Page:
Stephanie Dorceant, a 29-year-old barista and aspiring filmmaker, was walking home early on Saturday morning with her girlfriend, Nandi Allman, when a man bumped into her. It was around 2 a.m. and a cab had just dropped them off a few blocks from the apartment they share in Flatlands, following an Afro Punk Festival battle of the bands in Bedford-Stuyvesant. Dorceant said she asked the man, 6 feet tall, 200-pounds, if he was okay, and he responded, "mind your own business, you fucking dyke."

He continued to curse Dorceant; she told him not to talk to her that way; and he proceeded to beat and choke her, according to her account. "Call the cops! Call the cops!" he yelled out to the cab driver, who was still at the curb, frozen in place. He then slammed Dorceant to the ground and placed his hands around her neck, as Allman desperately tried to pull her away, according to the couple.

"I truly thought I was going to die," Dorceant said. She bit the man and he released somewhat, but not entirely. They were just steps from the 63rd Precinct station house. Four officers in uniform approached.

"It wasn't until five seconds before they arrived that he said he was a cop," Allman said.

Now, after two days in jail, including one on Rikers Island, a $1,000 bail payment, and the filing of two felony assault charges against her, Dorceant knows that the man she encountered was Officer Salvatore Aquino, who was off-duty at the time. Allman said she was detained at the precinct for 20 minutes, then released, and only got a call from Dorceant once that weekend, shortly after her arrest. Dorceant said no one ever told her why she was in jail.

Dorceant has retained lawyers and, in addition to trying to have the charges thrown out, she wants Aquino charged with a hate crime, and to sue the city for his alleged misconduct. But the felony charges, plus charges of harassment, menacing, and resisting arrest, are no small thing, and Aquino has a different account of what happened. He told prosecutors that Dorceant, 5-feet-6 and 110 pounds, according to Allman, bumped into him as he was walking to his car, then followed him and punched him in the face. He claimed further that she bit him over and over, in the arms, chest, finger, and torso, and that he had face and head bruises to match hers. Both were treated at hospitals.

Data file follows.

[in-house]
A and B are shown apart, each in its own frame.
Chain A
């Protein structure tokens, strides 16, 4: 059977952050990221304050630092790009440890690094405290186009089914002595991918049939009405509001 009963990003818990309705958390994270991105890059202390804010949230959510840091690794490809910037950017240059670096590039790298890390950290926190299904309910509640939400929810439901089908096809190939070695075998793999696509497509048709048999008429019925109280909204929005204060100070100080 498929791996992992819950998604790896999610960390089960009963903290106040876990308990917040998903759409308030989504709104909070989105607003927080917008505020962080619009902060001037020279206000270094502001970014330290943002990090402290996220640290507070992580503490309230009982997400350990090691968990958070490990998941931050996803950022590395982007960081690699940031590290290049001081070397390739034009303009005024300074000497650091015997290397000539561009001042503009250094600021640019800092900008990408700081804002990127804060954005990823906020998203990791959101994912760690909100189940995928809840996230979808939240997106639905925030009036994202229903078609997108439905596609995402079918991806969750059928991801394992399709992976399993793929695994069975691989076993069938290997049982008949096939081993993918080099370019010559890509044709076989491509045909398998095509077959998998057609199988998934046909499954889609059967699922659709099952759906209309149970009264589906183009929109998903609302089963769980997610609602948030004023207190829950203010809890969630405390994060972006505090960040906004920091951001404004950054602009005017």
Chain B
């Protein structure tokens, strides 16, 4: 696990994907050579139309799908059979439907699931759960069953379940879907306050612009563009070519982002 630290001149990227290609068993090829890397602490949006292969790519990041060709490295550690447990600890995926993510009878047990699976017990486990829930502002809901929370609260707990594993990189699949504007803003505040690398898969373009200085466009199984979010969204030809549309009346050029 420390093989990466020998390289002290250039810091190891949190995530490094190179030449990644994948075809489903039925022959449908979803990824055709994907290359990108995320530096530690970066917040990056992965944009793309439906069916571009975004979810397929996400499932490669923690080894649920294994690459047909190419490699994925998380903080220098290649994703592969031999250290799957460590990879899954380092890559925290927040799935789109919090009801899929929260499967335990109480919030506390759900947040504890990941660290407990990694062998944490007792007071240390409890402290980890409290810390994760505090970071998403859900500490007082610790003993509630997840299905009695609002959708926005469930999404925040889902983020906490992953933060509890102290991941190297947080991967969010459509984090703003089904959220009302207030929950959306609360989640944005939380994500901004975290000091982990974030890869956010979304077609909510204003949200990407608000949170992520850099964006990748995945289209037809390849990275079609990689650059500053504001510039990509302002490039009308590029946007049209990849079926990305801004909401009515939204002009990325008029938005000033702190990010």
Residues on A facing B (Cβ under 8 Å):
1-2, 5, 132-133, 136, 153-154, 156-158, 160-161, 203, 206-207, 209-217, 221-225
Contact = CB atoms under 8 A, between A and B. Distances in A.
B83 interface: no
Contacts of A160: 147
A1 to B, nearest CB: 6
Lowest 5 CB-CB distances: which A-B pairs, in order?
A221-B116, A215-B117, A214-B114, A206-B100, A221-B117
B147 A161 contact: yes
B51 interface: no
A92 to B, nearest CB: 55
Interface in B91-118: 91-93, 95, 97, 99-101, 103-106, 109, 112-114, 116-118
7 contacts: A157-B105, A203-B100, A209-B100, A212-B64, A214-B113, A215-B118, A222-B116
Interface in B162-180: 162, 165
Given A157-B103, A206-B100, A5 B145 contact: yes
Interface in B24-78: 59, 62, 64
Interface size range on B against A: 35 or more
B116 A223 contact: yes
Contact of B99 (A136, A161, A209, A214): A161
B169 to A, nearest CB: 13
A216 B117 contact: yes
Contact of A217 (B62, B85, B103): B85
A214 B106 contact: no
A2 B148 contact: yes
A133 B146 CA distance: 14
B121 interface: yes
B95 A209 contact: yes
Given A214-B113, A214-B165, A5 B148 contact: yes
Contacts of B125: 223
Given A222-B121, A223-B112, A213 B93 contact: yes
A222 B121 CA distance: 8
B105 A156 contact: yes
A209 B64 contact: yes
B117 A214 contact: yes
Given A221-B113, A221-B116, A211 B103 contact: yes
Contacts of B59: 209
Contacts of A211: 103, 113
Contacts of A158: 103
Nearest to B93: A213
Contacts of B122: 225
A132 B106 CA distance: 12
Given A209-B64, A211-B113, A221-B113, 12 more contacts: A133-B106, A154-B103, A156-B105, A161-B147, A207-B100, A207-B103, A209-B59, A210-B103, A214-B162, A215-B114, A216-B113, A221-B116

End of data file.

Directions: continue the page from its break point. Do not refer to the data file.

Aquino described observing three people arguing just before the altercation. Dorceant said it was just Allman and her, and that Aquino may be referring to "his imaginary friend." According to the couple, Aquino said he feared her bite had given him HIV, prompting the court to have her tested. The test came back negative, Dorceant said. She called the situation "a nightmare."

"The crazy thing is my friends and I have talked about police brutality, hate crimes, and I never thought for one second that would be me," she said. "This whole ordeal has been really surreal for me. I feel like one day I'm going to just wake up."

An NYPD rep said that an internal investigation into the matter is underway, and the Brooklyn District Attorney's Office's Civil Rights Bureau is also looking into the incident. Aquino and a partner, Mohammed Raza, were sued for alleged unreasonable force and false arrest in Brooklyn federal court in 2011. That lawsuit, in which the plaintiff said the pair slammed him to the ground, cuffed him too tightly, and had him jailed for 12 hours on a baseless charge that Aquino swore to, settled out of court for $5,000. Noting that tomorrow is the first anniversary of Eric Garner's unpunished death, Dorceant's attorney Ken Womble said he has no faith in the NYPD to police itself. His colleague Ben Moore declared that Dorceant will prevail.

"We are confident that these charges will be dismissed against Stephanie and confident also that this officer, this renegade officer will be prosecuted," Moore said.